Skip to main content

Medical Errors Earn Hospitals Money - Who Knew?

Though I have been accused by various commenters as protecting my own specialty when I point out excesses, flaws and conflicts of interest in the medical profession, this accusation would be handily dismantled after a fair reading of prior posts.  Indeed, my own specialty of gastroenterology and my own medical practice has felt the effects of the honed Whistleblower scalpel.   If an individual or an institution will not willingly engage in self-criticism, then it creates a credibility gap that may be impossible to bridge.  If you want a seat at the table, then arrive exposed and humble.

My Preferred Instruments

A study was published in the prestigious medical journal JAMA, the Journal of the American Medical Association in April 2013 publishing what we have known for decades: hospitals make more money when medical errors are committed.   As an aside, I have much more respect for JAMA than I do for the AMA, but I’ll resist the strong temptation to digress.

Here’s how it has worked in the past.  If a patient is hospitalized with an inflamed gallbladder and is discharged a day later after surgery, the hospital would be reimbursed according to a specific fee schedule.   (Payment systems for hospitalized patients are more complex than this, but accept the above example for the moment.)  If this same patient undergoes complications after surgical removal of the gallbladder, the hospital would be paid more.   If an infection at the incision site, or the patient develops a reaction to medication that may lead to more testing, then the hospital bill will understandably increase.  The issue is if hospitals or physicians should be able to charge more for extra care that was preventable.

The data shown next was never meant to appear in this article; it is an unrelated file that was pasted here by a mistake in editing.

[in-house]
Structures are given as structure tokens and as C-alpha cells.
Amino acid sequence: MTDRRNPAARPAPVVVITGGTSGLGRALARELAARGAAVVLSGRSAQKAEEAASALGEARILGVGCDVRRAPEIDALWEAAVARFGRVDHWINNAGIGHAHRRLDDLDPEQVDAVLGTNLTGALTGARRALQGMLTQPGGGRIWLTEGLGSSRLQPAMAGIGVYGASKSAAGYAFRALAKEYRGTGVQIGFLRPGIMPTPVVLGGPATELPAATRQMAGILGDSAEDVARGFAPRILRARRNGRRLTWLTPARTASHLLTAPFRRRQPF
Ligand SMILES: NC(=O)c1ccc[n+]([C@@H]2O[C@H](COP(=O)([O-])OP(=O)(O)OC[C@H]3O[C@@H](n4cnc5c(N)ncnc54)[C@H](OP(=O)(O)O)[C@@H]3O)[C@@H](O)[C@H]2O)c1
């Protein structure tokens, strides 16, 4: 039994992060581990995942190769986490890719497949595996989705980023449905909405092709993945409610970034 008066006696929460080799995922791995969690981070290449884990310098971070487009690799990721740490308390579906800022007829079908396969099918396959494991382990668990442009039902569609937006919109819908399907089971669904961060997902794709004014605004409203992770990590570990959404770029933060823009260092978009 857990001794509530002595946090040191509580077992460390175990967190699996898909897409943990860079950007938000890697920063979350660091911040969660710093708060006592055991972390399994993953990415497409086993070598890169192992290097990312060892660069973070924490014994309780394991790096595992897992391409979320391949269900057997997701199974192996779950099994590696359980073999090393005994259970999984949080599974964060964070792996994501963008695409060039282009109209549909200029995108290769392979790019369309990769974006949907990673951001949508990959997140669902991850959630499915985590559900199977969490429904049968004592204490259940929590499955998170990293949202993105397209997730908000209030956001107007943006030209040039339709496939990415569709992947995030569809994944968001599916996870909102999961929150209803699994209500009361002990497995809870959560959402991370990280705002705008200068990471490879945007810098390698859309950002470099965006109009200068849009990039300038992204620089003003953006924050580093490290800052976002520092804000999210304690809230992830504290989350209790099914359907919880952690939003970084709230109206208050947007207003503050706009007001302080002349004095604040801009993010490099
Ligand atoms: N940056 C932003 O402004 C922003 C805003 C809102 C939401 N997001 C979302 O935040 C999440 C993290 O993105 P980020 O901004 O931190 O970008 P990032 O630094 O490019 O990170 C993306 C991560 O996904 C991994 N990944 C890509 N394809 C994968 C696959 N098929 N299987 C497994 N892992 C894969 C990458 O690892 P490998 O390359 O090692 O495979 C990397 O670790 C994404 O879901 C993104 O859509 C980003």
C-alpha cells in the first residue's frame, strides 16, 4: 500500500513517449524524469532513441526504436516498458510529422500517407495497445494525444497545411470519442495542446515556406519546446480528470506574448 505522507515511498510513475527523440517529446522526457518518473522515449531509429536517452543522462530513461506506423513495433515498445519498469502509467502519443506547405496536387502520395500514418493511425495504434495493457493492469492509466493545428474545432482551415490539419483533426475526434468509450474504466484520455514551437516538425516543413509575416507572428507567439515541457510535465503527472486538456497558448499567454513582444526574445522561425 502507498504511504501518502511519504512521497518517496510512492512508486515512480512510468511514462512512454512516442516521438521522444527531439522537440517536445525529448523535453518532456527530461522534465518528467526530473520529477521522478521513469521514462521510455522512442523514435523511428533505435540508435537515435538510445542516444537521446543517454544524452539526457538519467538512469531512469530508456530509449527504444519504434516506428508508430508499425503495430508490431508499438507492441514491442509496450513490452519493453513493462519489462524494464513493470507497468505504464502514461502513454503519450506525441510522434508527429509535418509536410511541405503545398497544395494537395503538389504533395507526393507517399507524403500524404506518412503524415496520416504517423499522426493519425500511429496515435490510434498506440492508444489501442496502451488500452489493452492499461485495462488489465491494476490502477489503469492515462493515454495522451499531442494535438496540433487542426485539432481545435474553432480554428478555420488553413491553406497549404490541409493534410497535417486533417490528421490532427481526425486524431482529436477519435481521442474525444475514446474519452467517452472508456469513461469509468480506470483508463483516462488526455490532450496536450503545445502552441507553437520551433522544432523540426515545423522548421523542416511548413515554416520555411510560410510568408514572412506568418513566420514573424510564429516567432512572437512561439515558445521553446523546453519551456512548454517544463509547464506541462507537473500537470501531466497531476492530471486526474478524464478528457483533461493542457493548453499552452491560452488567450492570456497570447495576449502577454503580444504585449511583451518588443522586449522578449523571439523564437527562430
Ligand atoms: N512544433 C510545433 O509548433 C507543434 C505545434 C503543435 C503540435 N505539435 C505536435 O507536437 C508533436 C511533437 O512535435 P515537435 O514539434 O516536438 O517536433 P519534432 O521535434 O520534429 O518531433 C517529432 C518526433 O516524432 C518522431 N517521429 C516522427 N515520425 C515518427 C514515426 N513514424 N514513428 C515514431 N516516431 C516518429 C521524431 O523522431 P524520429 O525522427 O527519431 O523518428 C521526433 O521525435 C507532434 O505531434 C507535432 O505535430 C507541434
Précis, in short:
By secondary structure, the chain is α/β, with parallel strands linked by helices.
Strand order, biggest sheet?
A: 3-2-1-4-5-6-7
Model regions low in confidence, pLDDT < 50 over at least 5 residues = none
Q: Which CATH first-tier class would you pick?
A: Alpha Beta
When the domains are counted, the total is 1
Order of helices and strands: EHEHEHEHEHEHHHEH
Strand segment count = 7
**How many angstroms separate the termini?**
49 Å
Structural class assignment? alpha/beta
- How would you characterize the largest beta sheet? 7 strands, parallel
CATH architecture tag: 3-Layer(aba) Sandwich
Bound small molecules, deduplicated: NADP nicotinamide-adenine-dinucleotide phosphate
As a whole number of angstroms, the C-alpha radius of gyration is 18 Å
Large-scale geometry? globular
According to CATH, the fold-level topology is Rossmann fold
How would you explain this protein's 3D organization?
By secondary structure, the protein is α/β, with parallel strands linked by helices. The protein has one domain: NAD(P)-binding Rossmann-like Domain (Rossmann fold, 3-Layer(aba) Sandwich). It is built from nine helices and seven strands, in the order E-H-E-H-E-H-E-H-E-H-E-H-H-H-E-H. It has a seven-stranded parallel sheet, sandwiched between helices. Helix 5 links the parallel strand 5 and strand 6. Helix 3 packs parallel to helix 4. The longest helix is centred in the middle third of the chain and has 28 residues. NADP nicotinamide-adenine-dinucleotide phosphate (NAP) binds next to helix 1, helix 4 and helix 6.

There is an inexorable movement away from fee-for-service medicine which antagonists argue lead directly to excessive care.  Value based care is the new concept where quality, not quantity, will be measured and reimbursed.    There is a growing Never Events list where certain medical complications that are designated as events that should never happen, will never be reimbursed.   While this concept sounds attractive in a sound bite, my view on Never Events is more nuanced.

The argument to withhold payment for care that resulted from medical error is potent.   Keep in mind that defining a medical error is not as easy as it sounds.  One can easily imagine how easy it would be to confuse a medical complication, which is a blameless event, from an error or a negligent act.   If I perform a colonoscopy and a perforation develops as a complication, should the hospital and surgeon I consult not be paid for the additional care that would be required?

Would every profession consent to returning fees for mistaken advice or service?  Do you agree with the following?
  • Financial advisors should return fees if investment performance is below a designated threshold or differs from their peers.
  • Attorneys who have been found on appeal to have offered ineffective legal arguments at trial, should surrender their fees.
  • A professional baseball player who drops a fly ball should lose a day’s pay.
  • A newspaper publisher should offer a rebate to all readers if a news story is found to be inaccurate owing to a lack of proper editorial oversight. 

I realize that medical mistakes cost money, as do some of the hypothetical examples above.   I also accept that financial incentives can change behavior and can be an effective tool.    But every human endeavor has a finite error rate and we should be cautious before using a financial drone attack against only the medical profession.  Let’s use a scalpel here and not a sledge hammer.  And those of you outside of medicine, explain why your occupation should be spared from this reform strategy?

If to err is human, and doctors are human, then should we punished for our humanity?


  1. Since I have some experience with the question of who pays for mistakes, I'll put in my 2 cents.

    During my engineering career I've works both as an employee working on in house products, for consulting companies working on customers products, and as an independent working for a number of clients. And I've dealt with suppliers, service providers, consultants and other riff-raff.